Why the marriage tax break insults families

Thursday, 22 April 2010

Over the past week David Cameron has laid out his plans to give a tax break to married couples should the Conservative Party win the upcoming General Election.

You might be forgiven for thinking that the Tories had gone all inclusive on us – indeed, they have promised that the tax break will benefit those in civil partnerships as well as heterosexual married couples.

But the reality is that it seeks to reward people who fit a very narrow definition of what it is to be a family, all in the name of promoting ‘values’ and ‘mending Broken Britain’.

Under Cameron’s plans, one member of a low or middle-income couple would be able to transfer £750 of their personal tax allowance to a partner who does not use theirs (either because they do not work or earn less than £6,600), resulting in a maximum tax break of £150. That’s £2.88 per week, in case you haven’t seen much news over the past few days.

Overall it is estimated that this would benefit four million of the country’s 12.3 million married couples.

For one thing it’s insulting and short-sighted that the Tories see marriage as the answer to society’s problems. The mythical golden age before divorce was more common is often held up as a happier and more stable time by right-wing politicians. What they seem to forget is the fact that many unhappy couples stayed together only because it was expected of them, putting up with horrendous lives and abuse as a result.

We all know that families with married couples aren’t always the happiest and most stable – and that plenty of single people and co-habiting couples do a wonderful job of parenting. It’s not rocket science – and yet the Conservatives have sent out a clear message that only certain families, in their opinion, are ‘doing it right’ and will be rewarded accordingly.

The families which don’t fit the mold are consequently stigmatised – whether that’s widowed or single parents – however hard-working and struggling they may be, co-habiting couples who are bringing up their kids in a loving household or families where both parents work. In fact, many of the couples benefiting from the tax break would actually be childless or older couples – strange considering the Conservatives’ supposed commitment to improving the lives of children and setting a good example for future generations.

For many low-income couples, having one person remain at home isn’t an option and it’s essential for both to work so that bills are paid and food gets put on the table. But as far as the Conservatives are concerned, choosing this option will get you nowhere. It’s being made clear that someone – and in heterosexual couples this usually means the woman – should not work in order to be the sort of family Cameron et al believe will make society a better place.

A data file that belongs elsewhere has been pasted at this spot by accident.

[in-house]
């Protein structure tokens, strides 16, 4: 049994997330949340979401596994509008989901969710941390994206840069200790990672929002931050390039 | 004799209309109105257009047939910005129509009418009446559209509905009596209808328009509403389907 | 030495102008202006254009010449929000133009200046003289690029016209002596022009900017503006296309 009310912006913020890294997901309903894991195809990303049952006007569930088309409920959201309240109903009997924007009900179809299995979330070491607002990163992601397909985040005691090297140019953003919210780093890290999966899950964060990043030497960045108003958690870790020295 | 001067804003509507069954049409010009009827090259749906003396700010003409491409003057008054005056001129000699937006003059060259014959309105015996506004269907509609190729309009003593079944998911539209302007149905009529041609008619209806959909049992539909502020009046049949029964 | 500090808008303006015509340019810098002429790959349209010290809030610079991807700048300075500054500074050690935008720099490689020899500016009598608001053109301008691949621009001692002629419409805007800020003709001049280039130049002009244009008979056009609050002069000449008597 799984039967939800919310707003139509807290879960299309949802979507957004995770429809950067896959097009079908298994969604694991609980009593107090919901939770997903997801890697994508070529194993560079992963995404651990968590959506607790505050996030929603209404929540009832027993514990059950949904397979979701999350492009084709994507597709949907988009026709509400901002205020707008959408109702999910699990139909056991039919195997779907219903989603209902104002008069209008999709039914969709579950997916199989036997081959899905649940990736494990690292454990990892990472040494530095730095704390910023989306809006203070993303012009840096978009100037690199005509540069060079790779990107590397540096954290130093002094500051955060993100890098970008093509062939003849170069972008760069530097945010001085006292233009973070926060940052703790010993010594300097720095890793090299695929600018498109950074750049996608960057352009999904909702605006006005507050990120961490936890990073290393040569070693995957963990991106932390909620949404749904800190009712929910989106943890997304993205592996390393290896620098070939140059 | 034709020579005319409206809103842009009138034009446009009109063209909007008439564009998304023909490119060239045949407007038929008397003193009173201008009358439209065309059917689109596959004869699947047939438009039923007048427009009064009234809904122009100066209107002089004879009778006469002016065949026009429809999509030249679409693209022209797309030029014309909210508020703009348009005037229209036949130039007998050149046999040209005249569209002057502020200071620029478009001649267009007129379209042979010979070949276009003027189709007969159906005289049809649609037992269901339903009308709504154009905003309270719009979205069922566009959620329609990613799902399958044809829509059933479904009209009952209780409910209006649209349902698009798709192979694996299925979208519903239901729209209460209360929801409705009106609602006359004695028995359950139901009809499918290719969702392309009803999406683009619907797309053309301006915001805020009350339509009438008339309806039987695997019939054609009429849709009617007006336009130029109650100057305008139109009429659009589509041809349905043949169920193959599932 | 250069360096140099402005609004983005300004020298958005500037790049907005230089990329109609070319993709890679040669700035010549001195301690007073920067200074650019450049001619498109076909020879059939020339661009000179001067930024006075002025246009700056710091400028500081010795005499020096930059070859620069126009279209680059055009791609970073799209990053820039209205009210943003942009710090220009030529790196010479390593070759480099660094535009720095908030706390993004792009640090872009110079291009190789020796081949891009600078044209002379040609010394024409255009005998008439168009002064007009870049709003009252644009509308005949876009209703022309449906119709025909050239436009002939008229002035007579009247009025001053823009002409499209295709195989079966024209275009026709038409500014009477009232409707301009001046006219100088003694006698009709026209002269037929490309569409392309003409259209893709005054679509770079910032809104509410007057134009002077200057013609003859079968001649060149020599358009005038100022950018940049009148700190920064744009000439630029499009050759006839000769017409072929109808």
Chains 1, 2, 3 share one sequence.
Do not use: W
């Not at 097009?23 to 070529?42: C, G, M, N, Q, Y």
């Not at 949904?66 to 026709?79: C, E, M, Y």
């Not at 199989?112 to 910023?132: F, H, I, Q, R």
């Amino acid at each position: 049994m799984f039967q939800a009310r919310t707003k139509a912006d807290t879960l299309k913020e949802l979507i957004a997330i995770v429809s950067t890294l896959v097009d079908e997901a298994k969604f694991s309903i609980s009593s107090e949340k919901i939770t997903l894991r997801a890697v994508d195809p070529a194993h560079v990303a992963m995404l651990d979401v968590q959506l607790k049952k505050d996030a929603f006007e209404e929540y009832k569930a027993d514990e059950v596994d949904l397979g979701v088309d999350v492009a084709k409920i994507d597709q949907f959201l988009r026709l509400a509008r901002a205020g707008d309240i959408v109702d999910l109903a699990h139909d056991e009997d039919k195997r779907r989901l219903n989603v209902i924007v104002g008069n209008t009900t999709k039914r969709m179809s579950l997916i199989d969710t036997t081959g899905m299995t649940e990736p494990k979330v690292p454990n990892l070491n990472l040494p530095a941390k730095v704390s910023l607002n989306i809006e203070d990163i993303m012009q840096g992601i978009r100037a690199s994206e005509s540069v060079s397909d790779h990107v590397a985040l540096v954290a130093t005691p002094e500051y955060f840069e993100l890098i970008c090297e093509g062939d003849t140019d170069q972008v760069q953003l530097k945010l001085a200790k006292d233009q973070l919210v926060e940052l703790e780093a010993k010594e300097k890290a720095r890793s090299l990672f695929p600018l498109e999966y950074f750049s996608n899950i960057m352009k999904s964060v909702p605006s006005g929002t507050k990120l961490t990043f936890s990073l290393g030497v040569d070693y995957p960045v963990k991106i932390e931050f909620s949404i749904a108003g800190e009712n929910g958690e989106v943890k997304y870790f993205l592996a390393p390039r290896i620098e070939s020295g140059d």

What’s just as bad is that this £2.88 per week is supposed to act as some sort of incentive – whether it’s for people to get married or for one of the couple to stay at home. I very much doubt that it’s going to have the desired effect. Even though plenty of people these days do wish to get married, they often feel they can’t due to the cost of weddings and buying a house. If they do want to get married, I’m sure it’s got nothing to do with wanting less than £3 a week in tax breaks.

The announcement has been met with derision from journalists, the public and other politicians including Gordon Brown. Liberal Democrat leader Nick Clegg has described the tax break as “patronising drivel that belongs in the Edwardian age” and I wholeheartedly agree.

As a married woman the whole thing leaves a very unpleasant taste in the mouth. I work full-time and so does my husband, so we wouldn’t be eligible for the tax break in the first place. But it disgusts me to think that should I have the option not to work, I would be finally considered ‘worthy’ enough to ‘benefit’ from less than £3 a week extra while other families miss out purely because I've got a ring on my finger.

This post originally appeard at BitchBuzz. Image via werty’s Flickr

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